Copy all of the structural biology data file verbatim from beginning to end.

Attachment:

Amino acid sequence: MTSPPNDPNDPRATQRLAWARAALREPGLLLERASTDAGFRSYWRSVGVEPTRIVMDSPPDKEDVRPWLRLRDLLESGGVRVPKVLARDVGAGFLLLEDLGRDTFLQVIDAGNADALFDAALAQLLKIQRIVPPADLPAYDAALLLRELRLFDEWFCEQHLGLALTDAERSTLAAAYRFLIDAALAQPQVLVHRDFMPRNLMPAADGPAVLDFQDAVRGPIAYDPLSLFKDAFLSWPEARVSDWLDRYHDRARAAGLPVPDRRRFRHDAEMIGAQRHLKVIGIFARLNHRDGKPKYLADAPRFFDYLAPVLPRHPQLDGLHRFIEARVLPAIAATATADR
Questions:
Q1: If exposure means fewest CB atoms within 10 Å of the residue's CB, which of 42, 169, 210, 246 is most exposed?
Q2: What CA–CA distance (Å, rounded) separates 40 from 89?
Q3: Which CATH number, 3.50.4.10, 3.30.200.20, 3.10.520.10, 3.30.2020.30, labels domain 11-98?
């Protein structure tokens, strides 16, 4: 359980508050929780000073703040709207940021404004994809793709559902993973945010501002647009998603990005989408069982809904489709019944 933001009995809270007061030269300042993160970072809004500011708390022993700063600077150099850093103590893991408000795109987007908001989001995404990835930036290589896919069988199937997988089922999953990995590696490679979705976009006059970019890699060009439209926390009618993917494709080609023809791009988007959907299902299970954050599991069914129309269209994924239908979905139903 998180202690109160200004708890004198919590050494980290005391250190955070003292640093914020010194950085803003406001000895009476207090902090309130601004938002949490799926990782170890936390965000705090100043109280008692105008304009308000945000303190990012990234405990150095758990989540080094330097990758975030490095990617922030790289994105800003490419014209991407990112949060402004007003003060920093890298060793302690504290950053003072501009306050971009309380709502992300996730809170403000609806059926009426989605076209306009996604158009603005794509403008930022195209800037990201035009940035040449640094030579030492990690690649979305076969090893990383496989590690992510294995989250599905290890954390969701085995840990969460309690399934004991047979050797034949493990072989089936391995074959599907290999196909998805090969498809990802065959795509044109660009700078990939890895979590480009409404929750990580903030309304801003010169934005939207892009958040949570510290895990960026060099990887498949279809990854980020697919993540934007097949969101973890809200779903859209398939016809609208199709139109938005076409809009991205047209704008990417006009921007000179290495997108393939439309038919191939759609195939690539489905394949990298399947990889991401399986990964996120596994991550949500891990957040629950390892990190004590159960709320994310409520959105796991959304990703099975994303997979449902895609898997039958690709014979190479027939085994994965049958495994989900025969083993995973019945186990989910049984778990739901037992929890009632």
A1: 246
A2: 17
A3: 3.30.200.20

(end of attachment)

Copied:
Amino acid sequence: MTSPPNDPNDPRATQRLAWARAALREPGLLLERASTDAGFRSYWRSVGVEPTRIVMDSPPDKEDVRPWLRLRDLLESGGVRVPKVLARDVGAGFLLLEDLGRDTFLQVIDAGNADALFDAALAQLLKIQRIVPPADLPAYDAALLLRELRLFDEWFCEQHLGLALTDAERSTLAAAYRFLIDAALAQPQVLVHRDFMPRNLMPAADGPAVLDFQDAVRGPIAYDPLSLFKDAFLSWPEARVSDWLDRYHDRARAAGLPVPDRRRFRHDAEMIGAQRHLKVIGIFARLNHRDGKPKYLADAPRFFDYLAPVLPRHPQLDGLHRFIEARVLPAIAATATADR
Questions:
Q1: If exposure means fewest CB atoms within 10 Å of the residue's CB, which of 42, 169, 210, 246 is most exposed?
Q2: What CA–CA distance (Å, rounded) separates 40 from 89?
Q3: Which CATH number, 3.50.4.10, 3.30.200.20, 3.10.520.10, 3.30.2020.30, labels domain 11-98?
């Protein structure tokens, strides 16, 4: 359980508050929780000073703040709207940021404004994809793709559902993973945010501002647009998603990005989408069982809904489709019944 933001009995809270007061030269300042993160970072809004500011708390022993700063600077150099850093103590893991408000795109987007908001989001995404990835930036290589896919069988199937997988089922999953990995590696490679979705976009006059970019890699060009439209926390009618993917494709080609023809791009988007959907299902299970954050599991069914129309269209994924239908979905139903 998180202690109160200004708890004198919590050494980290005391250190955070003292640093914020010194950085803003406001000895009476207090902090309130601004938002949490799926990782170890936390965000705090100043109280008692105008304009308000945000303190990012990234405990150095758990989540080094330097990758975030490095990617922030790289994105800003490419014209991407990112949060402004007003003060920093890298060793302690504290950053003072501009306050971009309380709502992300996730809170403000609806059926009426989605076209306009996604158009603005794509403008930022195209800037990201035009940035040449640094030579030492990690690649979305076969090893990383496989590690992510294995989250599905290890954390969701085995840990969460309690399934004991047979050797034949493990072989089936391995074959599907290999196909998805090969498809990802065959795509044109660009700078990939890895979590480009409404929750990580903030309304801003010169934005939207892009958040949570510290895990960026060099990887498949279809990854980020697919993540934007097949969101973890809200779903859209398939016809609208199709139109938005076409809009991205047209704008990417006009921007000179290495997108393939439309038919191939759609195939690539489905394949990298399947990889991401399986990964996120596994991550949500891990957040629950390892990190004590159960709320994310409520959105796991959304990703099975994303997979449902895609898997039958690709014979190479027939085994994965049958495994989900025969083993995973019945186990989910049984778990739901037992929890009632």
A1: 246
A2: 17
A3: 3.30.200.20